B.C. Liberal party officials say nearly 50,000 new members were signed up by the Feb. 4 deadline for eligibility to help pick the province’s next premier.
“This dramatic increase in new members has pushed our membership mark so it’s now approaching 90,000,” party president Mickey Patryluk said Tuesday.
“It’s a clear signal of the enthusiasm that has been ignited by this leadership race.”
Exactly how many new members were signed up by each campaign remains unclear.
Kevin Falcon’s backers say they’ve signed up 17,500 and the Mike de Jong campaign is claiming more than 10,000. Christy Clark is expected to have the most new members, with reported estimates ranging from 20,000 to 26,000.
However those numbers don’t square with any significant number of new members from the George Abbott campaign, or from Moira Stilwell and Ed Mayne.
Nor has an official detailed breakdown been released of where the members have been recruited.
Many are believed to have signed up in Surrey, where three campaigns were concentrating heavily on the South Asian community.
Still up in the air are the rules that will govern the Feb. 26 vote to select a new Liberal leader and premier.
Party delegates vote this Saturday on a recommended plan to give equal weight to each district across the province, rather than the one-member-one-vote system.
That would greatly water down the influence of thousands of members signed up in a handful of urban ridings, prompting speculation some forces in the party may seek to defeat the proposed voting reform, which needs a two-thirds majority to pass.
Party officials are also purging the membership list of new members signed up in contravention to the rules.
Random audits of new members are underway to try to eliminate memberships issued without the person’s knowledge.
Under particular scrutiny are cases where multiple memberships came from the same address, particularly a business, or bearing the same phone number.
“Our party executive and staff take the integrity of our leadership vote process extremely seriously,” Patryluk said. “We are committed to a fair and equitable process for all leadership contenders.”
Among those memberships being deleted are those of several Kamloops Blazers hockey players who were signed up without their knowledge by a supporter of Kevin Falcon’s.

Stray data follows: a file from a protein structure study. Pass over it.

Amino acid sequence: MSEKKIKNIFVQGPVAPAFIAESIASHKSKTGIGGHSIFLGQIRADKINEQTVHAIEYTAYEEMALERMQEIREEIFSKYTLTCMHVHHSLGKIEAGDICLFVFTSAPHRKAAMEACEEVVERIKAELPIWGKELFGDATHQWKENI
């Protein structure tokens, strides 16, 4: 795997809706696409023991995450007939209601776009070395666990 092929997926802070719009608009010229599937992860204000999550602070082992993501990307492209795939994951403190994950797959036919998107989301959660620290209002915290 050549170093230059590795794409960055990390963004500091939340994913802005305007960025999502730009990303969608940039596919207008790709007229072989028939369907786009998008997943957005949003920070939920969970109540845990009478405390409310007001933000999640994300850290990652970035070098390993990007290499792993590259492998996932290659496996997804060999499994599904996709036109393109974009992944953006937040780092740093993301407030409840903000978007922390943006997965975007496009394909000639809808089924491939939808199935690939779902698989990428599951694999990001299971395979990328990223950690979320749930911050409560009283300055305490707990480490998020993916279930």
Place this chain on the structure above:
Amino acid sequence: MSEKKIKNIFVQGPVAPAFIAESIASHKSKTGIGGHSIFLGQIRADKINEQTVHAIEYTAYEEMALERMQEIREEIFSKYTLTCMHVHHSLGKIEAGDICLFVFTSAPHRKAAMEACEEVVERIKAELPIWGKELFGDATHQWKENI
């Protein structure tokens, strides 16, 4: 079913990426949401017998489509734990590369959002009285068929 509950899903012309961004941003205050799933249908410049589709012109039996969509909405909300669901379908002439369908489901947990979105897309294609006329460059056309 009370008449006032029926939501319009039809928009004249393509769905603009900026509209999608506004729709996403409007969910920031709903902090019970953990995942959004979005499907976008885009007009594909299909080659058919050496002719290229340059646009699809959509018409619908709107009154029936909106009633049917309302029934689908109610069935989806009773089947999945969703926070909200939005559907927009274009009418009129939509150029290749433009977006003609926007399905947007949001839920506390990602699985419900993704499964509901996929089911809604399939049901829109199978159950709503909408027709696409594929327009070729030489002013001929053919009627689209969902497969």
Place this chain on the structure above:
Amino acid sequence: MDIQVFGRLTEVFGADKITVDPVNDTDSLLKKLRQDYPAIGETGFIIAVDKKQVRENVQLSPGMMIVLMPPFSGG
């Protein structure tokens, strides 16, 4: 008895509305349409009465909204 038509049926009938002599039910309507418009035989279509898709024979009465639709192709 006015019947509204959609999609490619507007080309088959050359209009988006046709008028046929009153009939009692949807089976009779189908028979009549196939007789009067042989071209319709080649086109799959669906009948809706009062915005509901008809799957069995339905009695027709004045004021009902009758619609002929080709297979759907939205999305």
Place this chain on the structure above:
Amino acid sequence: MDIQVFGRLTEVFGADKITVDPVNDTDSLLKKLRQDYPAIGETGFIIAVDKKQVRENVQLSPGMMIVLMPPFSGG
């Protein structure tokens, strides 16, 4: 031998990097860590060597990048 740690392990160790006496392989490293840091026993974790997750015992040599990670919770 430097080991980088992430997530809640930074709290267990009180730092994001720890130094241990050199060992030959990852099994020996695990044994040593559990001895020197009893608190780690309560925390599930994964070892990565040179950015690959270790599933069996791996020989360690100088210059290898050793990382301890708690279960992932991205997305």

Falcon’s campaign manager said he notified party headquarters as soon as he learned of the invalid memberships.
Tom Gaglardi, majority owner of the Western Hockey League club, is a supporter of Falcon’s leadership bid, and the Blazers’ general manager took responsibility for what he called a “communication error” leading to the inappropriate sign-up.
That came after the Falcon team accused Clark forces of using large numbers of photocopied membership forms missing the required serial numbers, contrary to party rules that said only official membership books were to be used.
Clark’s representatives dismissed the claim.
Before that, it was the case of a cat belonging to the Delta South riding association president, a senior Clark organizer, ending up on the membership list.
George Abbott then had to order a supporter to take down a satirical website called kitties4christy.com that attempted to exploit the cat incident.
Questions lingered when it was pointed out the web site domain name was registered three days before news of the cat sign-up broke. The Abbott campaign denied any involvement in the sign-up of Olympia the cat.
Clark issued a statement saying she is “disappointed to hear George Abbott admit his campaign was involved in negative campaigning” and called on candidates to focus on respectful policy discussions.
The Feb. 26 vote is a preferential ballot, meaning there will be considerable jockeying by the camps in the time remaining to convince members to list them if not first as their second or even third choices.